The Jakarta Post
This article is part of The Jakarta Post’s "Forging the New Norm" series about how people are adjusting to the new realities of COVID-19 in Indonesia.
Something has been missing in Brigitha Sesilya’s life in the past few months. The current COVID-19 pandemic, which has forced people to shelter at home to slow the spread of the disease, has prevented her from going to the gym.
Before the pandemic, the 29-year-old news editor loved to go to the fitness center to work out three to five times a week.
“If I had a lot of free time, I would spend up to two and a half hours at the gym, joining a [fitness] class and doing some weight training. Other than that, I usually spend one to one and a half hours at the gym,” she told The Jakarta Post recently.
Now, as gyms are still closed, she tries to exercise at home or in outdoor areas like around Sunter Lake in North Jakarta.
“I have been longing to exercise at the gym because I feel like I can’t fully exercise at home,” she said, adding that she would not immediately rush back when gyms start to open.
The government’s COVID-19 task force announced last month that fitness centers could reopen to a limited number of visitors and under strict health protocols. In mid-June, the Youth and Sports Ministry issued a health protocol for public sporting activities during the new normal, which requires fitness centers to limit the number of people using their facilities to only 10 at the same time.
Pregnant women and people over 45 years old, however, are not allowed to exercise at fitness centers, the protocol stated.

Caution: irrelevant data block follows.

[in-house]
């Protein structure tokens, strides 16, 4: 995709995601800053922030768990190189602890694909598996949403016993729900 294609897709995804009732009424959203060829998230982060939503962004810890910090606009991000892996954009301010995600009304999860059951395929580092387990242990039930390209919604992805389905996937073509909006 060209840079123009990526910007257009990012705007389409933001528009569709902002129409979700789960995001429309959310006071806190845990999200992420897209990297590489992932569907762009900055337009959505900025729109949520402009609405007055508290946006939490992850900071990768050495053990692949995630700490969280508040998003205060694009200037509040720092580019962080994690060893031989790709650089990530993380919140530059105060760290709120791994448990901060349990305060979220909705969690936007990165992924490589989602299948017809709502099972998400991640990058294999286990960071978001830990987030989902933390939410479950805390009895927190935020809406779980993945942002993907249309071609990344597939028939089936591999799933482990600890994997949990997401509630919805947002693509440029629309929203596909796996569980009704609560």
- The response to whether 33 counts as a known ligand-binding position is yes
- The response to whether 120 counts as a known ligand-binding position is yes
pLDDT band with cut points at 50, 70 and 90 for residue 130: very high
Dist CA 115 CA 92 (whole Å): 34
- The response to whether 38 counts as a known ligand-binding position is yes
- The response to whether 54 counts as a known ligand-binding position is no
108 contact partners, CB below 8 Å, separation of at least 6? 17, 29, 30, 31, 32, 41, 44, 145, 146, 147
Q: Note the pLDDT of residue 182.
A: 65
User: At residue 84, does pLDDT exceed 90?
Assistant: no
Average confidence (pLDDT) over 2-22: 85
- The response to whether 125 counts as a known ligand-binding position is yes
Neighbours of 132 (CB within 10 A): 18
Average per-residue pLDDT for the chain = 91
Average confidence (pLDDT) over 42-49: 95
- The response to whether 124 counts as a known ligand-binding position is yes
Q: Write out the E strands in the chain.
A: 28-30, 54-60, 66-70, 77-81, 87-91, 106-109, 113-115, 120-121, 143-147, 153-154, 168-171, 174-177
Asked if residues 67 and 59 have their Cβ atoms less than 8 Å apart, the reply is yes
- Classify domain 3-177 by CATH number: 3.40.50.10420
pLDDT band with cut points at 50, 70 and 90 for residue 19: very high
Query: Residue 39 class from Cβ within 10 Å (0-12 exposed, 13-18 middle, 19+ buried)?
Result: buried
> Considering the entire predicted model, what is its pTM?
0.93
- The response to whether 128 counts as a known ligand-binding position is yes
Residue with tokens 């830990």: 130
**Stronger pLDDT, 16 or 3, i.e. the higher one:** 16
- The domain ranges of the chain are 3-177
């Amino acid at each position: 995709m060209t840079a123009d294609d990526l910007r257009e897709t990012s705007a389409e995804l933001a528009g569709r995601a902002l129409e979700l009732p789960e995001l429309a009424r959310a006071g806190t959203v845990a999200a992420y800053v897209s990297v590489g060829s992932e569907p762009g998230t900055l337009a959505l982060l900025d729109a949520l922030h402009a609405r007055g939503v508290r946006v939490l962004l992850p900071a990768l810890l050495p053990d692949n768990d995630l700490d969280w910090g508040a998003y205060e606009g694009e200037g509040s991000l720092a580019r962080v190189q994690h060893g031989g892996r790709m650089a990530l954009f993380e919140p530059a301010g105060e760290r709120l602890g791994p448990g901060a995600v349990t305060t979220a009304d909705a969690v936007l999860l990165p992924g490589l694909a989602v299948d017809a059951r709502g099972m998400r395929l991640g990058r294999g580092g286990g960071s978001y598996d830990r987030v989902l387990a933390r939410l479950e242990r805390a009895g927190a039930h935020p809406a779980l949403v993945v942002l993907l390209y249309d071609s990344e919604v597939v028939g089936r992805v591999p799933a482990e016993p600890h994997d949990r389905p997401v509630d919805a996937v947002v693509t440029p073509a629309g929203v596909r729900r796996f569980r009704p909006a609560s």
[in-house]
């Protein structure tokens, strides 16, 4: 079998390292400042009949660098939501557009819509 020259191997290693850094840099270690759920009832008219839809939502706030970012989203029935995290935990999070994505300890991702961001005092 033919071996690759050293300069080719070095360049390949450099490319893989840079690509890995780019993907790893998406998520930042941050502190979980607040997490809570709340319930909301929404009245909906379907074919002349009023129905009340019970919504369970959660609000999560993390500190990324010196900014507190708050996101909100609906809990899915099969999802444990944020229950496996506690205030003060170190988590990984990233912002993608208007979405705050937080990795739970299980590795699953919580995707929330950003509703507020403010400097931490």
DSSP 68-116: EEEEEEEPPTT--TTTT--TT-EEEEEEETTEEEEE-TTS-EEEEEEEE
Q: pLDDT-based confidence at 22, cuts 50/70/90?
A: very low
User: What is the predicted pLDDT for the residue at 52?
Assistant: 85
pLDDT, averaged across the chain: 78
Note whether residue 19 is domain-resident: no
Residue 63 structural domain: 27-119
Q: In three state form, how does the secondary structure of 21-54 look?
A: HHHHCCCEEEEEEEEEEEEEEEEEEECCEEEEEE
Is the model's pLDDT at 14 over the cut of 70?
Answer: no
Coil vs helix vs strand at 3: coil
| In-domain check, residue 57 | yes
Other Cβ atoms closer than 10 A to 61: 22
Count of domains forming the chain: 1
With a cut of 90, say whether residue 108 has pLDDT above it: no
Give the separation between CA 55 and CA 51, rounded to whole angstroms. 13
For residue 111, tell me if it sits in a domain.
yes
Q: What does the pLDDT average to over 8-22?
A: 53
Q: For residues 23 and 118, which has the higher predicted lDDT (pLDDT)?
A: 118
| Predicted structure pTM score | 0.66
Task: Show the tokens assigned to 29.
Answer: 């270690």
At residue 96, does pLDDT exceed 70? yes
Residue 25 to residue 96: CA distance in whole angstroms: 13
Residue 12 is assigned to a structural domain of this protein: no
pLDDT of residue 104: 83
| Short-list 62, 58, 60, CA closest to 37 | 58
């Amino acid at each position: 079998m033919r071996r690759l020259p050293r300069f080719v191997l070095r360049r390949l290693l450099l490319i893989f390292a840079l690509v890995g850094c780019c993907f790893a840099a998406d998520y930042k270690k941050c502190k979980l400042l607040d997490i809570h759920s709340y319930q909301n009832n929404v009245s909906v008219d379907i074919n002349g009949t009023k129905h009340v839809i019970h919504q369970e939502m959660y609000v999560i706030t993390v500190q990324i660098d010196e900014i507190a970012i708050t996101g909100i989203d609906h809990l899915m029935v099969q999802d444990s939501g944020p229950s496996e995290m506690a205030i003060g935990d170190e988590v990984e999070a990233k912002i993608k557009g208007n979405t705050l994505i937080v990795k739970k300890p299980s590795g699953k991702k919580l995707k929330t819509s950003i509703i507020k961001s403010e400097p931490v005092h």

But Jakarta, which is transitioning to the post-COVID-19 new normal and has gradually reopened malls, offices and restaurants, has yet to allow fitness centers to resume operations following soaring numbers of infections. On Monday alone, the capital reported 473 new COVID-19 cases.
Sports physician Andi Kurniawan said gyms were high-risk areas for COVID-19 transmission.
“When someone does physical training like running on the treadmill and they pant, they could release droplets into the air and there is potential for the virus to spread,” he said.
“Gyms are indoor facilities, and various studies show that exercising indoors poses a higher risk of infection compared to exercising outdoors. So, it is very important for gyms to apply strict health protocols to prevent the spread of the virus."
Andi, director of Indonesian Sports Performance Enhancement Center (SPPOI) Eminence, said there must be a clear timeline that regulates the resumption of gyms.
He cited SPPOI Eminence as an example. The center’s gym, which caters to professional athletes and the public, is still closed, but its health clinic reopened last month when Jakarta entered the transition period. The gym will gradually open after a thorough evaluation.
“As the pandemic is still far from over, exercising alone at home is the safest way,” Andi said.
Gym chain Fitness First Indonesia plans to limit the number of visitors by using a booking system through a new mobile application called Fitness First Asia. Members are required to book their time at the gym through the app.
Fitness First Indonesia senior general manager Nurhayati Villy said the chain’s gyms would be limited to 50 percent capacity and operate under strict safety measures, such as ample space between equipment to ensure physical distancing and disinfecting the equipment every three hours.
Facilities like the sauna, steam room and swimming pool will still be closed to prevent the spread of the disease, she added.
“We strongly recommend that members bring their own towels and exercise clothes, even though we will still provide them.”